In many cases mosquito netting (which is not required by state laws to be treated with fire retardants) may be hung from the shelter if insects are a problem, however.
One shelter that interests me is The North Face Homestead Shelter.
It is quite tall (110 sf, 81″), which is not necessarily a plus in terms of ease of putting it up. The reviews suggest that it is well-made and likely to be durable, but it also is relatively expensive ($300).
In looking at shade shelters online, a few of them – the (81″ tall), (78″ tall) and the Nemo Victory Sunshade (72″ tall) – seem to have some potential.
is made by a company based in Steamboat Springs, Colorado, and is a fairly popular shade shelter. It is 78″ tall.
I have known some mold avoiders who have done well with Big Agnes tents and so this one could be worth a try.
It seems from some of the customer reviews that durability possibly may be an issue with it though.
and I see online that I could get last year’s model of their shade shelter (yellow and red) at the time of this writing at a good discount.
The L.L. Bean Woodlands shelter (81″ tall) also seems to have some potential, although reviews suggest that it may be a little difficult to put up.
The North Face:
Walmart Ozark Trail:
In the past, I have purchased some inexpensive plastic tarps (of the sort that are widely available at many different retail outlets), mostly to spread on the ground or to cover my belongings after I have removed them from the car.
I have almost no experience with putting up tarps as shelters though, due to the fact that I have mostly camped in the desert.
Tarps are much more difficult to use when large trees are not readily available, and the lack of significant amounts of rain in the desert makes the use of tarps less important there than they might be elsewhere.
What I recently realized about tarps, though, is that they seem to be exempt from regulations mandating the use of fire retardants in other kinds of camping shelters.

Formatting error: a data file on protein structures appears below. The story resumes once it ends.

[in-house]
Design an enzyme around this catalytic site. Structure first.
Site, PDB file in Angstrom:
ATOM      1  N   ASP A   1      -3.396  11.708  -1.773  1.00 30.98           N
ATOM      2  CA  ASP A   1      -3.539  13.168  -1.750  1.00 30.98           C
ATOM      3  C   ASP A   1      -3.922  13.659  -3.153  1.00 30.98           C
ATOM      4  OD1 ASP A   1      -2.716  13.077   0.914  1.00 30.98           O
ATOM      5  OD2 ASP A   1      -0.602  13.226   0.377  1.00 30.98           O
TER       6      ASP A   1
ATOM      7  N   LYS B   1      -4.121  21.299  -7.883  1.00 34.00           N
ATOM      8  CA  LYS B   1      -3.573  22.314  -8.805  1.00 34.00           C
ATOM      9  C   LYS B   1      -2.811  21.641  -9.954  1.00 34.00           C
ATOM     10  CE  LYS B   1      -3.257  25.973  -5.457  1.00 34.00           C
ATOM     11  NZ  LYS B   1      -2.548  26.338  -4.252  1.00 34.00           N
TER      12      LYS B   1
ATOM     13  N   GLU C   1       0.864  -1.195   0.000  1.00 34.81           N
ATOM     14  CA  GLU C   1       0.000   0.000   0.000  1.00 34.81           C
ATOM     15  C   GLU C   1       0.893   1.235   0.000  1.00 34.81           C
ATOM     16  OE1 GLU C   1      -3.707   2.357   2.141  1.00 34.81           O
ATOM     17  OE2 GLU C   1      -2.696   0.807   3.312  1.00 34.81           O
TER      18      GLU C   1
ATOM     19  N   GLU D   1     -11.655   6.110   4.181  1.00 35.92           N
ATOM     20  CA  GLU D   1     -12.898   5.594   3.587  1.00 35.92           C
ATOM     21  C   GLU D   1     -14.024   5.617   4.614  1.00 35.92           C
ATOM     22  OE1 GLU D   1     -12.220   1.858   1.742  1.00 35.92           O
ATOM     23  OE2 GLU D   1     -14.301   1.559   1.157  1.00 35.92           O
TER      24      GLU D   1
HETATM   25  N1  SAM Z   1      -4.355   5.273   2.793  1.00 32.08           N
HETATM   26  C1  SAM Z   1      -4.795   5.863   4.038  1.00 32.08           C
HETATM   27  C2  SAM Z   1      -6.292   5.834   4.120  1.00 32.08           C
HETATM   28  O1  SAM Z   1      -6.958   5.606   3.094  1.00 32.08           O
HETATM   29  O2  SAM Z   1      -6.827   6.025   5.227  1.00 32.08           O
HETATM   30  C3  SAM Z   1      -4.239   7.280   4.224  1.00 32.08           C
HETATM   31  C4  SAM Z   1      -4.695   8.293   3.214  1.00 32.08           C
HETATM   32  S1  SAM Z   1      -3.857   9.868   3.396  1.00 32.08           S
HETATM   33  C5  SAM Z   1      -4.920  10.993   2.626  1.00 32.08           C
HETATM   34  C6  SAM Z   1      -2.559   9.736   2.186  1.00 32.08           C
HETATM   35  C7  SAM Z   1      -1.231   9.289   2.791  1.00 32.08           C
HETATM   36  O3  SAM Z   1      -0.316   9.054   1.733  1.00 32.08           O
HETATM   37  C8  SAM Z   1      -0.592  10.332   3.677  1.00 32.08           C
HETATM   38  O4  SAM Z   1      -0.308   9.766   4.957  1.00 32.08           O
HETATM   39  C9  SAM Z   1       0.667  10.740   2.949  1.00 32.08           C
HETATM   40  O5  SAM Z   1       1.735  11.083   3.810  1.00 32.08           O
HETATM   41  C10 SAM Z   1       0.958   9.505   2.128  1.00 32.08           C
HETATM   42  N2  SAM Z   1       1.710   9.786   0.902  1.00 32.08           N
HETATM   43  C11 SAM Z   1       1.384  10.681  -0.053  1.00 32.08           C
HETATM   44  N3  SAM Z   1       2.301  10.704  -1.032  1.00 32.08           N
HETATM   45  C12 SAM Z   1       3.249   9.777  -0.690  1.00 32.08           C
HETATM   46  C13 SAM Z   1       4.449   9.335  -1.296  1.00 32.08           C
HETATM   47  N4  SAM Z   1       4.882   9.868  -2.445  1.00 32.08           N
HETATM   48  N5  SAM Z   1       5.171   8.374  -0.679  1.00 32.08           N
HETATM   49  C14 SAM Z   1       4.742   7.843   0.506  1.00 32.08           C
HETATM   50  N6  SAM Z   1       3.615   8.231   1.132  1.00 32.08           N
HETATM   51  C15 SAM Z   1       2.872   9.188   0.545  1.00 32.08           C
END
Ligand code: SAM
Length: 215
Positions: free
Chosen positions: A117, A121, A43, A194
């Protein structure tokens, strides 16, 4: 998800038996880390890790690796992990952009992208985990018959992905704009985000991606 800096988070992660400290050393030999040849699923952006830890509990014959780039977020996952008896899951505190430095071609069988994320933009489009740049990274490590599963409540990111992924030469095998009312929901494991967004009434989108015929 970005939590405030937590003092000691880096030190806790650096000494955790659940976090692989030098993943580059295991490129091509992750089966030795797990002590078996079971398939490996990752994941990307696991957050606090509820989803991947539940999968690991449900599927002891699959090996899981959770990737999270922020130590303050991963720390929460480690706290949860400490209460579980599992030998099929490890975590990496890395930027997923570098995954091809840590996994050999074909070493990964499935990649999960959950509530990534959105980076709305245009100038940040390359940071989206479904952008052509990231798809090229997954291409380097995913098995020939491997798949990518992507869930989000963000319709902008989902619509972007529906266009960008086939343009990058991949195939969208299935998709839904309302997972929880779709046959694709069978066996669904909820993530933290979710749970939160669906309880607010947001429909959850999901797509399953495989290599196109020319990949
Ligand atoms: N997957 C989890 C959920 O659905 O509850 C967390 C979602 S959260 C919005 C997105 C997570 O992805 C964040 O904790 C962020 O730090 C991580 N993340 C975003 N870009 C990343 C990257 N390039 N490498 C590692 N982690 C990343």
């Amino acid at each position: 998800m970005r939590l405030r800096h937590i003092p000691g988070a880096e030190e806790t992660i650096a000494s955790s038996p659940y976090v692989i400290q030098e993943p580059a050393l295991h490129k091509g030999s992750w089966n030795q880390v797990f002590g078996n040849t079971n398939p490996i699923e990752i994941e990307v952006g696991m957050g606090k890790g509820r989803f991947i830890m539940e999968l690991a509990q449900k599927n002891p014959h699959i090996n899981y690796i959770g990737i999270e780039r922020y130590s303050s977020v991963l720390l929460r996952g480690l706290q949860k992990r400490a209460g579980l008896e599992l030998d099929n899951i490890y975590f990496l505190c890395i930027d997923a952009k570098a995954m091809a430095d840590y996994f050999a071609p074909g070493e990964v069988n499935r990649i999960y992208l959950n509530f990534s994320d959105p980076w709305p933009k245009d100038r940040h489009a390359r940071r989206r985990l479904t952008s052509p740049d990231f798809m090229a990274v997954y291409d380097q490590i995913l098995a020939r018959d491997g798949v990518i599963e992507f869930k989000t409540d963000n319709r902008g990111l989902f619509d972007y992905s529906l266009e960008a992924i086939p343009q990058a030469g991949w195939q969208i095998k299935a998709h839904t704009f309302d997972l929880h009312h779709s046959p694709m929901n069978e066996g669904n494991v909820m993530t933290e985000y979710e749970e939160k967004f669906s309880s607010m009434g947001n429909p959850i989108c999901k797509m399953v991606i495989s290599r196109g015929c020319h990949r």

That makes figuring out how to use them effectively much more appealing to me.
In addition, tarps can be considerably less bulky to carry around than other kinds of shade shelters. Especially when space is at a premium, that can be very important.
Properly using tarps seems to be an art that may take some effort to learn. I would like to take an in-person or online class in the topic, I think.
At minimum, figuring out how to use tarps rather than a rainfly to protect my tent from rain seems like it could be really helpful in increasing air flow and comfort.
A couple of manufacturers make tarp-based shelters designed for backpacking expeditions that look particularly interesting.
I have spent a considerable amount of time watching and re-watching the video for the Big Agnes Deep Creek Tarp and Bug House system, for instance.
I think that this shelter would be ideal if I could make it work, since it would not take up very much room in the car and would give me the flexibility to use just the tarp or to also use the insect shelter.
I also think it’s really important that both the tarp and the netting could be washed easily, since they are not attached to poles.
However, I fear that a shelter like this would take a considerable amount of time to put up and wonder if I could get it up at all even with the help of another (unexperienced) person, much less on my own.
I do think that if I could make it work, and assuming that the toxicity situation of the product was okay, it might be ideal with regard to meeting my own needs and being useful for others though.
A somewhat similar product is the Nemo Bugout Tent, which is designed primarily to be tied to two trees in the wilderness.
Supposedly tarp poles purchased separately also could be used, although I have my doubts about how easy this would be based on the reviews that I have read.
Although it may be the case that this shelter has been treated with fire retardants, based on my experience with the Nemo Galaxi tent, I tend to think that it nonetheless might be okay for me from a toxicity standpoint.
Finding the right place to hang it up while car camping could be a big challenge though.
Recently I purchased a Survival Series Thermal Reflective Waterproof Blanket via Amazon. I like it because one side is reflective silver (useful for keeping things cool in sunny weather) and the other side is a muted khaki-type green (rather than bright blue or some other obtrusive color).
It feels okay to me, though it did require a day or two of sitting out to off-gas the plastic. I probably will purchase at least one more of these.
The Grabber MPI Space Blanket/Tarp looks similar, but (at least as currently listed on Amazon) is available only in brighter colors.
If I can figure out how to use a tarp as shelter for my campsite or my tent, I might invest in some nicer ones as well.
The grayish-white ones by REI looked beautiful in the store, for instance.
Although I briefly owned a privacy shelter (a large one from Cabela’s) early in my camping experience, it took up so much room in the car and was so much trouble to put up that I soon gave it away.